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The story of Ala al-Din begins with Ala a-Din, a bad, lazy, mischievous boy, 'working as hard as the shadow of a post that lies along the ground all day'.
A black Dwarf shows up at Ala al-Din's house and takes him to the desert, claiming to be his uncle. The Dwarf gives Ala al-Din a ring and asks him to get a lamp in an underground tunnel, but he gets angry locks Ala al-Din in the tunnel with the oil lamp and ring. Ala al-Din accidentally rubs the lamp and realizes there is a magical ifrit inside.
Go down the stairs and open the stone trapdoor.
Ala al-Din uses the ifrit in the lamp to escape from the underground tunnel and wishes for luxurious food. He uses the ifrit's power to trick the princess Badr al-Budur's father and marries the princess. Using the ifrit, he then creates their palace of 'nine hundred and ninety nine windows.'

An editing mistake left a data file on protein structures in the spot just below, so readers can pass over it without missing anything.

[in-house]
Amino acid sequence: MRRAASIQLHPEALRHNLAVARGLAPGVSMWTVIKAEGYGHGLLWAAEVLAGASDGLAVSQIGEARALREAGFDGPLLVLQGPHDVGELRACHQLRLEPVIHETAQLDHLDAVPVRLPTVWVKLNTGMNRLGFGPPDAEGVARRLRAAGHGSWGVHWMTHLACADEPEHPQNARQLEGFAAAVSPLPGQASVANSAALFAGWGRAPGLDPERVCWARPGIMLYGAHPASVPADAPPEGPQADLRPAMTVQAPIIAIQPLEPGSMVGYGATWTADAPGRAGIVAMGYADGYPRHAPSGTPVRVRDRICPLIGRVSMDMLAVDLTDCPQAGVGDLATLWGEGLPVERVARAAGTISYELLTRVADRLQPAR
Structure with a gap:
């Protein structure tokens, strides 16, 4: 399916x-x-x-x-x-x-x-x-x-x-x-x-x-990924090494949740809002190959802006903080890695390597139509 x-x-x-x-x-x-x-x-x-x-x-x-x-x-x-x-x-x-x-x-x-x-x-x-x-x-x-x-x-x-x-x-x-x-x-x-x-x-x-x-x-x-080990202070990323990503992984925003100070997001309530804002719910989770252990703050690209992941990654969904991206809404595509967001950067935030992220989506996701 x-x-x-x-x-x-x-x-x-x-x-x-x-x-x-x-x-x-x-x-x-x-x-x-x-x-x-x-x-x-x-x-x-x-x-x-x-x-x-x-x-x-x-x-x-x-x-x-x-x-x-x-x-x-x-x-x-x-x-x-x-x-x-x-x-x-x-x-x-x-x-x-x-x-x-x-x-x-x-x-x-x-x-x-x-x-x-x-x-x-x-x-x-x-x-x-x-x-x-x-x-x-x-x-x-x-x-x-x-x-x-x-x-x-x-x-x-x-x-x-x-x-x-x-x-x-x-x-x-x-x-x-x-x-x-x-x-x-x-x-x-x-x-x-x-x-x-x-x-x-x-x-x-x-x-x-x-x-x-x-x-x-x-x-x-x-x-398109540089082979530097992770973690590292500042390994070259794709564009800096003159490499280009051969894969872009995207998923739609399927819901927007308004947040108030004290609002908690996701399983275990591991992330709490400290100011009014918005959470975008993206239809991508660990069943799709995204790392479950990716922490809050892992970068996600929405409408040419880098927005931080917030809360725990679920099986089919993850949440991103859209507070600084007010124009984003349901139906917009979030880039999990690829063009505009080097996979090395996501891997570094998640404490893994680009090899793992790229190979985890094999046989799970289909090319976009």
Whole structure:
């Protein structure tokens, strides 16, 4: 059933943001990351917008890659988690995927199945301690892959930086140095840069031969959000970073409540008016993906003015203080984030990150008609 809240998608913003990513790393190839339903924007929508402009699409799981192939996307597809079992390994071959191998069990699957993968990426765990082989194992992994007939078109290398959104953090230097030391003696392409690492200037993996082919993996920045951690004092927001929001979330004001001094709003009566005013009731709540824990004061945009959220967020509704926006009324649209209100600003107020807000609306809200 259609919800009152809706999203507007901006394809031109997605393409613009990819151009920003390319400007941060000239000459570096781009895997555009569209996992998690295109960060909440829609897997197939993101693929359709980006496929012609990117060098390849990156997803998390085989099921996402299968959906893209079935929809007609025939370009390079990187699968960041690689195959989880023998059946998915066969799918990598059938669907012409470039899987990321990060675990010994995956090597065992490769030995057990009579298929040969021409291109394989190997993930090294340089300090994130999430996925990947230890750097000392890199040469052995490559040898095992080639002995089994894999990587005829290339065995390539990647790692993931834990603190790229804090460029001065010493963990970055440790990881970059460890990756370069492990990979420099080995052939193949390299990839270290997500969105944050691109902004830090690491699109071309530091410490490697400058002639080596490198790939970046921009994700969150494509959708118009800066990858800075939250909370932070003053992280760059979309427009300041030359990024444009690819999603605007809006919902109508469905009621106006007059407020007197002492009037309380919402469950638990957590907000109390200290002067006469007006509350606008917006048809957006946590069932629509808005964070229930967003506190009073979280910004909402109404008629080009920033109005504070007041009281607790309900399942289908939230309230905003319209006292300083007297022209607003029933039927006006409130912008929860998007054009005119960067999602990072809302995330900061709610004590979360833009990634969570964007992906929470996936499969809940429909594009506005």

Badr al-Budur accidentally gives the ifrit lamp to the black Dwarf, who pretends to be generously exchanging new lamps for old ones. The black Dwarf uses the ifrit to capture Ala al-Din's palace and his wife Badr al-Budur and take them to his home in Africa. This makes Ala al-Din upset.
I'd rather die than marry you!
As Ala al-Din washes off the tears on his face he accidentally rubs the ring the black Dwarf had given him. Surprisingly, the ifrit of the ring appears, and Ala al-Din asks the ifrit to take him to the black Dwarf.
I am the slave of the ring and any who holds it. What do you want, master?
Ala al-Din arrives at Badr al-Budur. Together they trick the Dwarf and get the lamp back. They let the Dwarf live, but make him return to his home in Africa. Ala al-Din and his wife return home, using the lamp ifrit to bring back the palace, and let the ifrit of the lamp be free.
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